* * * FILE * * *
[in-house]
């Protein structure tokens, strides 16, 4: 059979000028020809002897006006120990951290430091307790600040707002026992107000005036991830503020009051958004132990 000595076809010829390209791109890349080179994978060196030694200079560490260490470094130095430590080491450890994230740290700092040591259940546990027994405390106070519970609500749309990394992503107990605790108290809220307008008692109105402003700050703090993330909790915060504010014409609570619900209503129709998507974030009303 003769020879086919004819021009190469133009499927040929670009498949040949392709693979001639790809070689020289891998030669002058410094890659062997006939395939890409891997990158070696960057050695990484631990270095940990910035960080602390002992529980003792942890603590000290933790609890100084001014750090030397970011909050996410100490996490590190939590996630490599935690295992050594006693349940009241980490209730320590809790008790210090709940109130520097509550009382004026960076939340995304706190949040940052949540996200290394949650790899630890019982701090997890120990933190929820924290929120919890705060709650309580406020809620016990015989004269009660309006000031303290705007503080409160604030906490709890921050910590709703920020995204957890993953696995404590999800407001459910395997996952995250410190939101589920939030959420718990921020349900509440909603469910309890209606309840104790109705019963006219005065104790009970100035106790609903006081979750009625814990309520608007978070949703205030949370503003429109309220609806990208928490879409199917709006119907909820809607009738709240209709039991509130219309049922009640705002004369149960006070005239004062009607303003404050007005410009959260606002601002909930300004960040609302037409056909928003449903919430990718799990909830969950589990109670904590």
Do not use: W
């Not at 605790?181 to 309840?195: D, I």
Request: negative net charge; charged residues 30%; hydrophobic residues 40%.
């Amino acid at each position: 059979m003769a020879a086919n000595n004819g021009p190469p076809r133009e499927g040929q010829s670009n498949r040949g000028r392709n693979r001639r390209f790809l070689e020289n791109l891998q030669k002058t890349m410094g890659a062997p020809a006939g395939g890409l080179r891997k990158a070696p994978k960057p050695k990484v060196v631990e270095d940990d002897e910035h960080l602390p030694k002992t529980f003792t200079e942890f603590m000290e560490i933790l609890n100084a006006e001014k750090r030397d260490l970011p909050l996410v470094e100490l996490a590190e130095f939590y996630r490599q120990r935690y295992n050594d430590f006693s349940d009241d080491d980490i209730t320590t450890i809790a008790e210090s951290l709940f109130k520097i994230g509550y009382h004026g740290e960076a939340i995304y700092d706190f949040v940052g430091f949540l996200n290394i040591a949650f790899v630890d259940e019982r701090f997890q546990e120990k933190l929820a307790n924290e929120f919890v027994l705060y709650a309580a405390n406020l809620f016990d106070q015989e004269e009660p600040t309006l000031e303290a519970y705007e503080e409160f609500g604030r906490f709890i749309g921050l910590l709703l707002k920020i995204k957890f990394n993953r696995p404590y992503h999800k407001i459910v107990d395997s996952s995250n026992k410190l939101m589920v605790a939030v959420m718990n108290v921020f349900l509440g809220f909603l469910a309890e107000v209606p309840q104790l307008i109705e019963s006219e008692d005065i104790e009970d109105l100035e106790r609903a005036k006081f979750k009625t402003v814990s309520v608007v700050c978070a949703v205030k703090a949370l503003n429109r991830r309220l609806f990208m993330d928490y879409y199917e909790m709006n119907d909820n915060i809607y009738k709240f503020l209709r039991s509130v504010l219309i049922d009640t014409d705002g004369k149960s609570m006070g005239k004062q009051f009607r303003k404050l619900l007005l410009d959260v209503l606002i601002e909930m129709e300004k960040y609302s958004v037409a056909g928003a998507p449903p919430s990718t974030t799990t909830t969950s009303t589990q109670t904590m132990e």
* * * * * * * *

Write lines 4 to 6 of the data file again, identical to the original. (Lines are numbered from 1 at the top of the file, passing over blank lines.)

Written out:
């Not at 605790?181 to 309840?195: D, I």
Request: negative net charge; charged residues 30%; hydrophobic residues 40%.
């Amino acid at each position: 059979m003769a020879a086919n000595n004819g021009p190469p076809r133009e499927g040929q010829s670009n498949r040949g000028r392709n693979r001639r390209f790809l070689e020289n791109l891998q030669k002058t890349m410094g890659a062997p020809a006939g395939g890409l080179r891997k990158a070696p994978k960057p050695k990484v060196v631990e270095d940990d002897e910035h960080l602390p030694k002992t529980f003792t200079e942890f603590m000290e560490i933790l609890n100084a006006e001014k750090r030397d260490l970011p909050l996410v470094e100490l996490a590190e130095f939590y996630r490599q120990r935690y295992n050594d430590f006693s349940d009241d080491d980490i209730t320590t450890i809790a008790e210090s951290l709940f109130k520097i994230g509550y009382h004026g740290e960076a939340i995304y700092d706190f949040v940052g430091f949540l996200n290394i040591a949650f790899v630890d259940e019982r701090f997890q546990e120990k933190l929820a307790n924290e929120f919890v027994l705060y709650a309580a405390n406020l809620f016990d106070q015989e004269e009660p600040t309006l000031e303290a519970y705007e503080e409160f609500g604030r906490f709890i749309g921050l910590l709703l707002k920020i995204k957890f990394n993953r696995p404590y992503h999800k407001i459910v107990d395997s996952s995250n026992k410190l939101m589920v605790a939030v959420m718990n108290v921020f349900l509440g809220f909603l469910a309890e107000v209606p309840q104790l307008i109705e019963s006219e008692d005065i104790e009970d109105l100035e106790r609903a005036k006081f979750k009625t402003v814990s309520v608007v700050c978070a949703v205030k703090a949370l503003n429109r991830r309220l609806f990208m993330d928490y879409y199917e909790m709006n119907d909820n915060i809607y009738k709240f503020l209709r039991s509130v504010l219309i049922d009640t014409d705002g004369k149960s609570m006070g005239k004062q009051f009607r303003k404050l619900l007005l410009d959260v209503l606002i601002e909930m129709e300004k960040y609302s958004v037409a056909g928003a998507p449903p919430s990718t974030t799990t909830t969950s009303t589990q109670t904590m132990e």